The long-standing legal commitment to general disarmament embodied in the NPT is in sight. Just as the acronym START (Strategic Arms Reduction Treaty) denotes the nuclear-arms talks leading to the treaties of 1991 and 1993, and New START in 2010, today’s equivalent could be SCRAP – a Strategic Concept for Removal of Arms and Proliferation.

In 1989, NATO and the Warsaw Pact began talks on arms reductions. Within two years, they had signed a treaty that saw 52,000 tanks, warplanes, artillery guns and helicopters destroyed. Similarly, Ronald Reagan and Mikhail Gorbachev reached agreements that dismantled 20,000 nuclear warheads, leaving some 30,000 intact.

In this same period, near-universal agreement banned the test-firing of nuclear weapons; as a result, whereas previously both the U.S. and Soviet Union had been test-firing hundreds of nuclear weapons a year, global test-firings since 1996 have been reduced to almost zero.

We have also had other successes. IN 1975, the Biological Weapons Convention (BWC) came into force in 1975, becoming the first multilateral disarmament treaty to ban the production of an entire category of weapons. While the Chemical Weapons Convention (CWC) came into force in 1997, prohibiting the development, production, stockpiling and transfer of chemical weapons. In 2017, the Organization for the Prohibition of Chemical Weapons announced it had verified the elimination of 67,851 metric tonnes of Category I chemical weapons, which is equal to 96 per cent of the world’s declared chemical weapons.

The continuation of the Nunn-Lugar programme and recent initiatives to revive the Fissile Materials Cut-off Treaty (FMCT) talks, including U.S. President Trump’s administration’s statements that it will support negotiation of an FMCT at the 2018 NPT Preparatory Committee are positive signs. Useful innovations in practical – including non-violent – methods of controlling dangerous commodities including nuclear materials, for example in transport and logistics, have come gradually as the disarmament and arms control mainstream has both dwindled and split.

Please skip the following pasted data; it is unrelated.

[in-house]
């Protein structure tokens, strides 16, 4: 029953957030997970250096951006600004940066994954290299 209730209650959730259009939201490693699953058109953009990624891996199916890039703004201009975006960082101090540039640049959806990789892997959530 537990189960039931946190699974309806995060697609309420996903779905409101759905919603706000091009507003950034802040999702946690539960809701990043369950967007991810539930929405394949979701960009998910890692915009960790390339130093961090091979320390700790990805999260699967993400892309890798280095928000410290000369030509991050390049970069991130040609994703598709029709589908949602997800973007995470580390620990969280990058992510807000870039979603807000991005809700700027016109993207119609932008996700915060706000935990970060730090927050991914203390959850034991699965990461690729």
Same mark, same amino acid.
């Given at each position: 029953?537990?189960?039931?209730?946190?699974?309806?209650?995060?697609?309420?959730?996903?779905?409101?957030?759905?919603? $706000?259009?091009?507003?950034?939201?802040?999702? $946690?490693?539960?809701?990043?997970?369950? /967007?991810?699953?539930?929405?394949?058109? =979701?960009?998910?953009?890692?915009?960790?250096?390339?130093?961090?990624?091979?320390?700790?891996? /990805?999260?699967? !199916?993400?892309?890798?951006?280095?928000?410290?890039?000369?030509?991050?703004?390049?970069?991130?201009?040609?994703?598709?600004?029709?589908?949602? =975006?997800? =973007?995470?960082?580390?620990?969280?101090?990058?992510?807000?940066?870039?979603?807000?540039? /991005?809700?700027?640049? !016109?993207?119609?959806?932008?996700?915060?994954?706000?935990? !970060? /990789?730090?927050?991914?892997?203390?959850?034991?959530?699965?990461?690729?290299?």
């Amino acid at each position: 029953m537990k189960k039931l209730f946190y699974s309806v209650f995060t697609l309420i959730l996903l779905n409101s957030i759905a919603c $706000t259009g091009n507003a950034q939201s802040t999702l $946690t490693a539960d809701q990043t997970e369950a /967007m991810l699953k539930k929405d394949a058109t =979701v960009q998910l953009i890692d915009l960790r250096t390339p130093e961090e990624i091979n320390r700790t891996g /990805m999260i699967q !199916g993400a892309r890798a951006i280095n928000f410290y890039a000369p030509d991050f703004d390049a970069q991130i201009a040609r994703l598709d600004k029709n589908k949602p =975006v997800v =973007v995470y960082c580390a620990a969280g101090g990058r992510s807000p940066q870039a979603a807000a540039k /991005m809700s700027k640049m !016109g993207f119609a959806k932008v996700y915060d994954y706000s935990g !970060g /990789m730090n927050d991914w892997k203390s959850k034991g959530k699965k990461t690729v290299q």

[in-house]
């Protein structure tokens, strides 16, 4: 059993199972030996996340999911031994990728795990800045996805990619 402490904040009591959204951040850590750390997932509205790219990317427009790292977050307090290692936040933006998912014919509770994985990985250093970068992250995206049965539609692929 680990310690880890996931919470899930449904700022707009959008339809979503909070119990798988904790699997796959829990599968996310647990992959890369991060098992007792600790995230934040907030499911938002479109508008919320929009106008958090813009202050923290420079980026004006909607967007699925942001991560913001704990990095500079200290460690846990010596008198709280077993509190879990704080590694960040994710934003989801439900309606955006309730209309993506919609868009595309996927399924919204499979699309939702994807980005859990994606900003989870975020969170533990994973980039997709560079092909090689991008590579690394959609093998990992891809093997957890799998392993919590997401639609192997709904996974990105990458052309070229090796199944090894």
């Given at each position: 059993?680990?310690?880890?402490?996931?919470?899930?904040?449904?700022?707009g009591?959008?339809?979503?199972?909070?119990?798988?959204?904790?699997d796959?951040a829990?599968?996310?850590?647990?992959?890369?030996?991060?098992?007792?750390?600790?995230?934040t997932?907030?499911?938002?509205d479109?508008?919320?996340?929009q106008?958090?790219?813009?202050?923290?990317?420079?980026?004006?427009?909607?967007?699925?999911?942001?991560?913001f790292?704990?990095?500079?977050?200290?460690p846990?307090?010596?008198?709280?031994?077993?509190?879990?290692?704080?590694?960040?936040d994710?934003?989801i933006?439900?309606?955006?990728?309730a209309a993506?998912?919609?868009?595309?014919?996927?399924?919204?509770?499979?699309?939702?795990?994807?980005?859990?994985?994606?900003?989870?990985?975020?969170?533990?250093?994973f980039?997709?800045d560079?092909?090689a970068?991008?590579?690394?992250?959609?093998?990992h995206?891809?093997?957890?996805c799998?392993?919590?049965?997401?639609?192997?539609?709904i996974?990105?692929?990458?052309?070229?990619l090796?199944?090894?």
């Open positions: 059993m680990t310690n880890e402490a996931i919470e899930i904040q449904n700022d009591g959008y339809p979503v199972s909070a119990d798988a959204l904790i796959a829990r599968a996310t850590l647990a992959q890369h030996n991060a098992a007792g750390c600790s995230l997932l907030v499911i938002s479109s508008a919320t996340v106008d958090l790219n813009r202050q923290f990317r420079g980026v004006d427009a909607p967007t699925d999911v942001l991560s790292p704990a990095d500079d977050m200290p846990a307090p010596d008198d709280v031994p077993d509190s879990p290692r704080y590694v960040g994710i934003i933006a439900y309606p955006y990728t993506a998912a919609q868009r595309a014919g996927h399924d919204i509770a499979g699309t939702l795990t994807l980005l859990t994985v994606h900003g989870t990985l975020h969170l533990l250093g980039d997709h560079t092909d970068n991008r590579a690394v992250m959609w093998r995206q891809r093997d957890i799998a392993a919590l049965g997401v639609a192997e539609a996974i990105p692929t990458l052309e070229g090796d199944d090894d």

The novel legislative approach embodied in UNSCR 1540 (2004), which is aimed at preventing non-state actors from acquiring nuclear, biological and chemical weapons, their means of delivery and related materials, is certainly a step in the right direction in the battle against illicit WMD transfers, but it has suffered problems of implementation at the state level.

The Treaty on the Prohibition of Nuclear Weapons (Ban Treaty) was adopted by the United Nations General Assembly on 7 July 2017. Signatories to the treaty agree never to develop, test, produce, manufacture, otherwise acquire, possess, or stockpile nuclear weapons or other nuclear explosive devices. The text was passed with 122 votes in favour, 1 against (Netherlands) and 1 abstention (Singapore). Sixty-nine countries did not vote, including all of the NATO members except the Netherlands and all of the nuclear weapon states.

With respect to conventional arms, the ATT entered into force on 24 December 2014. It has been ratified by 94 states and a further 41 states have signed but not ratified it, and reflects an increased will to regulate the trade of weapons in order to contribute to peace and reduce human suffering. However, to achieve these ends, this concern needs to also be directed at initiatives to reduce holdings of major weapons systems, ordnance stocks and production, and not only to the control of the conventional weapons trade.

Moreover, the parallel surge of interest by the international donor community, reflected in the OECD Development Assistance Committee, in using such standards to measure the success of security sector reforms requires the development of an integrated, risk-based approach to equipment and weaponry, and hence to disarmament, in the re-shaping of military, security and policing institutions – one without the other will not deliver sustained security.

What is needed is not to set aside the useful aspects of the new, piecemeal approach towards proliferation but to reunite them with a renewed ‘classical’ process based on strategies towards disarmament and the use of treaty and rule of law methods – with the associated principles of equity, objectivity, universality and transparency.

This new combination could achieve a more rational division of labour and subsidiarity. Such an approach should fill dangerous gaps in the pattern of coverage and effort, and minimise the double-think and double standards that are rife in current policies and practices.

How can you become involved in SCRAP?

SCRAP proposes timetables and a draft treaty for consideration at the United Nations General Assembly, which takes place in September every year. Support our efforts to have SCRAP introduced at the UN General Assembly by sending a letter of support to your government.

If you are a SOAS student interested in working for SCRAP, please fill in this form here